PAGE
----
You see emergencies, problems, and inconveniences very differently. What are some best practices for keeping life and its glitches in perspective? 

This is something that I believe we are all learning. Think of all the “problems” that you had pre-covid. Note that most of them have faded as problems as we face more existential issues; staying healthy and earning a living. All those pre-covid problems have dropped to the level of inconveniences. We are learning what firefighters know. Emergencies in the firefighter world are events where there is a life threat, individuals who are suffering, or a home burning down. Everything else is just a problem that needs to be solved or just an inconvenience. Learning and practicing this idea can lead to a lot of calmer days.

You suggest inviting more difficulty in our lives. Why is that?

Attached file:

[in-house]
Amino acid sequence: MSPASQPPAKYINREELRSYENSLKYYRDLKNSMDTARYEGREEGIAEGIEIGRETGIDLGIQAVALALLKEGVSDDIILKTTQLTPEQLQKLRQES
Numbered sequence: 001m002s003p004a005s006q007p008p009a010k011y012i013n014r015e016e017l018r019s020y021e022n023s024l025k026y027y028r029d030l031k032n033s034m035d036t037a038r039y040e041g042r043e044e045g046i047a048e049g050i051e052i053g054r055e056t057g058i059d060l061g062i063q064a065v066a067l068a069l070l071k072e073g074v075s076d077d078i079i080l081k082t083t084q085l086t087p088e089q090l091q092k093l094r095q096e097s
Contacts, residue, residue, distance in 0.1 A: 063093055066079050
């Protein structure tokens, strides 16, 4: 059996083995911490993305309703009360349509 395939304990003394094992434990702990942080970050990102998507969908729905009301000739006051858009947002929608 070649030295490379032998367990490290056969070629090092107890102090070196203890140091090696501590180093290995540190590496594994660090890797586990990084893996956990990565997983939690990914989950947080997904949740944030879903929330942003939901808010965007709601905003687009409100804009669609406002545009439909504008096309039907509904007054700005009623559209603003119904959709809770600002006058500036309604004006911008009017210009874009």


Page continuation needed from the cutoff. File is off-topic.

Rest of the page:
That seems like an odd suggestion now! But the fact is this — and we’ve just had it reconfirmed — Life is hard. Whether individually or as a society, we will experience suffering, trauma, and tragedy. It is the way of the universe. The double-edged sword is that many of us live lives of ease and comfort and are often not prepared for difficulty. But we can practice difficulty, we can do hard things that will teach us our strength, our resilience so that we can be ready for when the universe asks us, are you tough? 

We make choices every day, some big and some little. What us the one question we should ask when making a tough decision?

I think a question to ask is, What is the brave choice? Here is what I mean. We are so often guided by trying to make the most short-term comfortable choice, the decision that avoids being emotionally uncomfortable. For example, we avoid being honest because it could be uncomfortable — by leading to a conflict, or we avoid asking someone out because it might lead to rejection. We avoid being kind because we might be ridiculed. All this happens quickly and almost at a subconscious level. What we want to do is consciously ask, what is the bravest choice? This is especially important when the decisions we need to make are tough.

Asking the question, what is the bravest choice will lead to tough conversations, sometimes rejection, and maybe a few losses, but it is the path to a fuller life.  

What is your advice for the times we feel we are being swept away by grief?